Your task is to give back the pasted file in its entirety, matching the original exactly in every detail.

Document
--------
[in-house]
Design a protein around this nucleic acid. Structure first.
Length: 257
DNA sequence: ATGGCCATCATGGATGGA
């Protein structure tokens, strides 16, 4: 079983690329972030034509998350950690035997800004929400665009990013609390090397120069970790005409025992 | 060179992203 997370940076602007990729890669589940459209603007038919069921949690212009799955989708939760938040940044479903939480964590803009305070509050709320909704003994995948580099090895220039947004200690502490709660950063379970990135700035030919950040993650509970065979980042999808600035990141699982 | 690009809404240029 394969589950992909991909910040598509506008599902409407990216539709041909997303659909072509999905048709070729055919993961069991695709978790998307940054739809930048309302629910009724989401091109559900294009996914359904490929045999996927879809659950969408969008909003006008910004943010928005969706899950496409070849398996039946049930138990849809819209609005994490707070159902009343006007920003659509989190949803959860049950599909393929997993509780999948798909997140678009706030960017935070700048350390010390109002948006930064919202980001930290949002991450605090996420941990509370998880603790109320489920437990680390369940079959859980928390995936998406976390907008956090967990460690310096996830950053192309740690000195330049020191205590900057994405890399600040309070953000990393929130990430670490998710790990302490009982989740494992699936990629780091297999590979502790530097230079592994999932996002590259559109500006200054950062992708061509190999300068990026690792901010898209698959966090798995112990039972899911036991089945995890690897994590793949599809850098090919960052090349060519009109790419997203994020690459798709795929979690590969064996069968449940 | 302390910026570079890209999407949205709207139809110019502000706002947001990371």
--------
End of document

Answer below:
[in-house]
Design a protein around this nucleic acid. Structure first.
Length: 257
DNA sequence: ATGGCCATCATGGATGGA
């Protein structure tokens, strides 16, 4: 079983690329972030034509998350950690035997800004929400665009990013609390090397120069970790005409025992 | 060179992203 997370940076602007990729890669589940459209603007038919069921949690212009799955989708939760938040940044479903939480964590803009305070509050709320909704003994995948580099090895220039947004200690502490709660950063379970990135700035030919950040993650509970065979980042999808600035990141699982 | 690009809404240029 394969589950992909991909910040598509506008599902409407990216539709041909997303659909072509999905048709070729055919993961069991695709978790998307940054739809930048309302629910009724989401091109559900294009996914359904490929045999996927879809659950969408969008909003006008910004943010928005969706899950496409070849398996039946049930138990849809819209609005994490707070159902009343006007920003659509989190949803959860049950599909393929997993509780999948798909997140678009706030960017935070700048350390010390109002948006930064919202980001930290949002991450605090996420941990509370998880603790109320489920437990680390369940079959859980928390995936998406976390907008956090967990460690310096996830950053192309740690000195330049020191205590900057994405890399600040309070953000990393929130990430670490998710790990302490009982989740494992699936990629780091297999590979502790530097230079592994999932996002590259559109500006200054950062992708061509190999300068990026690792901010898209698959966090798995112990039972899911036991089945995890690897994590793949599809850098090919960052090349060519009109790419997203994020690459798709795929979690590969064996069968449940 | 302390910026570079890209999407949205709207139809110019502000706002947001990371």